the writ, it must still be dismissed because the petitioner
improperly filed a § 2241 petition without demonstrating that
§ 2255 is an inadequate or ineffective remedy regarding his claim
that the indictment was defective.
A § 2255 petition is meant to challenge the validity of a
conviction or sentence, and a § 2241 petition is intended to
address the execution of a sentence.
Section 2255 expressly
sentences through a habeas corpus petition under § 2241 unless the
savings clause of § 2255 applies.
The savings clause of § 2255 has
a stringent standard that the petitioner cannot satisfy. Under the
§ 2255 savings clause, it is the petitioner’s burden to demonstrate
that the § 2255 remedy is inadequate or ineffective. In the United
States Court of Appeals for the Fourth Circuit, the § 2255 remedy
is deemed inadequate or ineffective only when all three of the
following conditions are satisfied:
(1) at the time of the conviction, the settled law of
this Circuit or of the Supreme Court established the
legality of the conviction;
(2) subsequent to the prisoner’s direct appeal and first
§ 2255 motion, the substantive law changed such that the
conduct of which the prisoner was convicted is deemed not
to be criminal; and
(3) the prisoner cannot satisfy the gatekeeping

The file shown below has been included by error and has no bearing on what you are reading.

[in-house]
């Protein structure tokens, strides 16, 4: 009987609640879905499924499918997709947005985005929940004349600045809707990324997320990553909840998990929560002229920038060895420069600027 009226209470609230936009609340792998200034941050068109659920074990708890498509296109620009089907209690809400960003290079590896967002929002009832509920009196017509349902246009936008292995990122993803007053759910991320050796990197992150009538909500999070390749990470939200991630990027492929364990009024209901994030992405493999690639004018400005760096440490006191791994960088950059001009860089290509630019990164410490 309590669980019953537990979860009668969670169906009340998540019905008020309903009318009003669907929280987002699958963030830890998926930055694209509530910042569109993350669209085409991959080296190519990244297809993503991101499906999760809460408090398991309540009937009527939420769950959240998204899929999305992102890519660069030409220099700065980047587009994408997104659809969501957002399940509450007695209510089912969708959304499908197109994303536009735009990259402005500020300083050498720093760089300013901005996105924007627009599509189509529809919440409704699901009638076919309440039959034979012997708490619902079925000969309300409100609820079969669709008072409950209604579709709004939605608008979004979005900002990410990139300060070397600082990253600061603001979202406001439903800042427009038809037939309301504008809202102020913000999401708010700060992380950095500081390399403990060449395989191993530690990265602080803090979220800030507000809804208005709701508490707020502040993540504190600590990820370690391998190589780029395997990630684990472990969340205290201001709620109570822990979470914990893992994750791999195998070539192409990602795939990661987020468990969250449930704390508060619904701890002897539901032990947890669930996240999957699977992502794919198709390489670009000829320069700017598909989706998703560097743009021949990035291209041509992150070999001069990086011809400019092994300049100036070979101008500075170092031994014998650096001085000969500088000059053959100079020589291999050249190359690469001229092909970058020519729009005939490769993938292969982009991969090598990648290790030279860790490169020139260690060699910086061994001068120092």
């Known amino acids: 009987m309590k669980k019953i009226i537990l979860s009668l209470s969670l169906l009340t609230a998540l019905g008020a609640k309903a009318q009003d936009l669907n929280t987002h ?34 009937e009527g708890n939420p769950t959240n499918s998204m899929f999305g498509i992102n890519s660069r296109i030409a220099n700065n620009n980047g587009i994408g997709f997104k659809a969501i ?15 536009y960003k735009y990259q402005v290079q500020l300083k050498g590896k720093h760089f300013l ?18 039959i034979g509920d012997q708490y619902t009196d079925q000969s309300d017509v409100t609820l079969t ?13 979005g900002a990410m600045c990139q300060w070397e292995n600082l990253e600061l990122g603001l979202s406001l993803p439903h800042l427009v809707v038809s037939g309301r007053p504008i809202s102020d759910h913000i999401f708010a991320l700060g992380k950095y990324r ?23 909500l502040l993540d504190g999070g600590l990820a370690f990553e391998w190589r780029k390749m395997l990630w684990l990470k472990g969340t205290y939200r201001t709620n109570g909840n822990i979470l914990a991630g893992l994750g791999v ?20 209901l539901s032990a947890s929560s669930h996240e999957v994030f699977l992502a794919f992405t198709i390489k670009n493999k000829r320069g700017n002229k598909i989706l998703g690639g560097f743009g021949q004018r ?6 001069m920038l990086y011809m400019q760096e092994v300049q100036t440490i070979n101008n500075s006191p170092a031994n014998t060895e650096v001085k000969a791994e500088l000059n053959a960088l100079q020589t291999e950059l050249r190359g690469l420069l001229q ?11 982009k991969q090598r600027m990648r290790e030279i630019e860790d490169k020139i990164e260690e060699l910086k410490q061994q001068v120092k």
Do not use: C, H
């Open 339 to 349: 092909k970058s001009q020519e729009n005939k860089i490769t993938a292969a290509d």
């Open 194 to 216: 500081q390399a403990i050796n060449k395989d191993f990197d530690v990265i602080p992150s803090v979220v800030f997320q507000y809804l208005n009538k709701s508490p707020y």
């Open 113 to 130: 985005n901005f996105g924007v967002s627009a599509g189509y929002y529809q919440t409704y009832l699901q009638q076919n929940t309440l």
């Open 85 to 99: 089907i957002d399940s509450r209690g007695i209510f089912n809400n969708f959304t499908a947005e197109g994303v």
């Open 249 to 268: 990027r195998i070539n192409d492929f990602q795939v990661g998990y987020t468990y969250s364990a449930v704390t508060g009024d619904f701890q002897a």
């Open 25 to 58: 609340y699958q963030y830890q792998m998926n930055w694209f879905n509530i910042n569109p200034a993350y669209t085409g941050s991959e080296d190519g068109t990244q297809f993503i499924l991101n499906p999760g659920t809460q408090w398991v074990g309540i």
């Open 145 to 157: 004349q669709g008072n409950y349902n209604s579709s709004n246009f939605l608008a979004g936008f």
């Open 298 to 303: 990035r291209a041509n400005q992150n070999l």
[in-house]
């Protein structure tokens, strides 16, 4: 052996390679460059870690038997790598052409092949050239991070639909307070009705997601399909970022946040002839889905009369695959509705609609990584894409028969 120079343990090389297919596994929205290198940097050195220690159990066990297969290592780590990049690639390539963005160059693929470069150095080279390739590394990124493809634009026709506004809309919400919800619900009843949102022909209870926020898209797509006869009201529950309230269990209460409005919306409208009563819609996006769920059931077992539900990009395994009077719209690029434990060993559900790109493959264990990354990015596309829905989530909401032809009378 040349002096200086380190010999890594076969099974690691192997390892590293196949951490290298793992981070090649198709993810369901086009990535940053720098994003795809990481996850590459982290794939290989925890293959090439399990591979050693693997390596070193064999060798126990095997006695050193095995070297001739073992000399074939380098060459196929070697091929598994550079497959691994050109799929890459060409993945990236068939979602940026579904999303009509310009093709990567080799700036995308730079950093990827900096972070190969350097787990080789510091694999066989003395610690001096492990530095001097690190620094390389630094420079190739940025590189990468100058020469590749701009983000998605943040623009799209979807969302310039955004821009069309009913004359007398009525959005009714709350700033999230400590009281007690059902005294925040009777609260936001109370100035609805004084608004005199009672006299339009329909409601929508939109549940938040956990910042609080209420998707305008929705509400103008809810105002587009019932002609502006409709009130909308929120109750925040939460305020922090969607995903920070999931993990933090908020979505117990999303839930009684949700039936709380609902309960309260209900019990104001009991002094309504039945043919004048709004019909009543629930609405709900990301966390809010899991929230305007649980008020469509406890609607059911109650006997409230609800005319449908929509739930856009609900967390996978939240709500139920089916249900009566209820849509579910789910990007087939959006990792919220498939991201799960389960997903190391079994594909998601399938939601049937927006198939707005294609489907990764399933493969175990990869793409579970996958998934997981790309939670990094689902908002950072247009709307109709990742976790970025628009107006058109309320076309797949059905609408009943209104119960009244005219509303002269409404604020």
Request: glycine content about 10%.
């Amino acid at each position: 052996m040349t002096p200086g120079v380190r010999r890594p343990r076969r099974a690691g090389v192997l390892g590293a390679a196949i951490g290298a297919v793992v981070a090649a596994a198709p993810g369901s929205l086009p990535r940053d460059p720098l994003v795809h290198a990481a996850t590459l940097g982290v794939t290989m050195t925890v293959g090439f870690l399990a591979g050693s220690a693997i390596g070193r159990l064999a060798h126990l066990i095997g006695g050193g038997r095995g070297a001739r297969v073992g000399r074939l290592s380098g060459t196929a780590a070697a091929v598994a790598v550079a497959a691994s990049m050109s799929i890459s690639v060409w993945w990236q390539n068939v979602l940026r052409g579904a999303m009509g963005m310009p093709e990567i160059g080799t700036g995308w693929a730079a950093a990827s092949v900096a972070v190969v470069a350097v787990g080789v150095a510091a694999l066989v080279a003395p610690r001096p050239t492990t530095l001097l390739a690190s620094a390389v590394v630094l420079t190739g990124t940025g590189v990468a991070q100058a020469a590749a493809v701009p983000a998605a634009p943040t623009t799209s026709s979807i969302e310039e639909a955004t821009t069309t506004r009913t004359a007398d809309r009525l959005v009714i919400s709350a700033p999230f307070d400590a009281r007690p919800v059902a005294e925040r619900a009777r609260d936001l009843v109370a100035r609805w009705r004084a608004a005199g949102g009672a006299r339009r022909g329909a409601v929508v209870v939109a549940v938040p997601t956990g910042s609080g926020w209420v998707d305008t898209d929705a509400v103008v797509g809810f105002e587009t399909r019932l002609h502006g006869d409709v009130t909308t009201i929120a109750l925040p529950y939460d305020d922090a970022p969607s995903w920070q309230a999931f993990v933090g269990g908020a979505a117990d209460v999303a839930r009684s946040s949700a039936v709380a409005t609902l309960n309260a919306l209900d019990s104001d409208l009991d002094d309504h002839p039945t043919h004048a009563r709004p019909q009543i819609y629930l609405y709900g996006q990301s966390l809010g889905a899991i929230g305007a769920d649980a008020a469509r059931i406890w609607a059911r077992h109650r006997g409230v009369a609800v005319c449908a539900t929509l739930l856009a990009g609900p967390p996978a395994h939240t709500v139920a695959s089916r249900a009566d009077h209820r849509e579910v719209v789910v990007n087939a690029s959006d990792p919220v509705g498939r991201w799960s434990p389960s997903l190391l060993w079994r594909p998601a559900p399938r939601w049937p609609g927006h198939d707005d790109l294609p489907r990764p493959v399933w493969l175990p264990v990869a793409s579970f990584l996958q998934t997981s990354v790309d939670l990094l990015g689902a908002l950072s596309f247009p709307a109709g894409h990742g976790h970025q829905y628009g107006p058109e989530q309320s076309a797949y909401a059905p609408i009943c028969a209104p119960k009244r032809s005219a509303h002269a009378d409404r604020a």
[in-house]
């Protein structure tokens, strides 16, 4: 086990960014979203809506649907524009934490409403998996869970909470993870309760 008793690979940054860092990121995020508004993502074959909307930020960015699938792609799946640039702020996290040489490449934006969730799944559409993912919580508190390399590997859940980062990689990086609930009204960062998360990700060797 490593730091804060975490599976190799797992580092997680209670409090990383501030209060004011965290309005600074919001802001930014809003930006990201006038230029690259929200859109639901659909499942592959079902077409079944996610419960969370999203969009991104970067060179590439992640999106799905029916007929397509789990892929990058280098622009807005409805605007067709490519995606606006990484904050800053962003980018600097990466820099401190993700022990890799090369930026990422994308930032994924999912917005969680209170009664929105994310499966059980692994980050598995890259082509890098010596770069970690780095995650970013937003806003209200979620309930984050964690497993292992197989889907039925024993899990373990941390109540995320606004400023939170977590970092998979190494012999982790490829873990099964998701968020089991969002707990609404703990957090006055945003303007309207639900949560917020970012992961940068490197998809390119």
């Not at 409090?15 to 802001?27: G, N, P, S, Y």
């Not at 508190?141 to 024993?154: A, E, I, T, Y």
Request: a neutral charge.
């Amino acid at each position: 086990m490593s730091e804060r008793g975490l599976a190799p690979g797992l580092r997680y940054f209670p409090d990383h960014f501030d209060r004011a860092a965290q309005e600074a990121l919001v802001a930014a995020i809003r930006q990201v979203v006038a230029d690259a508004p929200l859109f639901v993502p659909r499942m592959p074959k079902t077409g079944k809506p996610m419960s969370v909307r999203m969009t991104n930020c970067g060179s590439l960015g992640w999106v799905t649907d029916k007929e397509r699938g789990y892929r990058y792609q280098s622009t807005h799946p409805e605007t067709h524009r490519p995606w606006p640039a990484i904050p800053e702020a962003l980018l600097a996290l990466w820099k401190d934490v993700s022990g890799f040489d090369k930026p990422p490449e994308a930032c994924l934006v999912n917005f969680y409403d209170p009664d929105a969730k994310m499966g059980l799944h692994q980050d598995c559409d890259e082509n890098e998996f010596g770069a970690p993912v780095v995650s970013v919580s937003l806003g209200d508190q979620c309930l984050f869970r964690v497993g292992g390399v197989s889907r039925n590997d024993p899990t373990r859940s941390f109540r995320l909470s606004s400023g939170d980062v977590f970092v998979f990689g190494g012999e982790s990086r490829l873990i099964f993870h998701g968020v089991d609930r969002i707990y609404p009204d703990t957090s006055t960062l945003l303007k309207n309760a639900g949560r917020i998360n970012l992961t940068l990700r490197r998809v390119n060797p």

provisions of § 2255 because the new rule is not one of
In re Jones, 226 F.3d 328, 333-34 (4th Cir. 2000).
In this case, the petitioner cannot satisfy the second element
of Jones because murder remains a criminal offense.
Thus, even if
he could satisfy the first and third elements, he is nonetheless
not entitled to application of the savings clause because he has
attacked the validity of his conviction but not satisfied all three
required Jones elements.
Accordingly, the petitioner has not
demonstrated that the § 2255 remedy is inadequate or ineffective
and has improperly filed a § 2241 petition.
As to the petitioner’s contention that the Commission is
unlawfully denying him parole in violation of 18 U.S.C. § 4206(d),
the magistrate judge correctly found that the petitioner “makes no
discernible argument that would support this Court’s intervention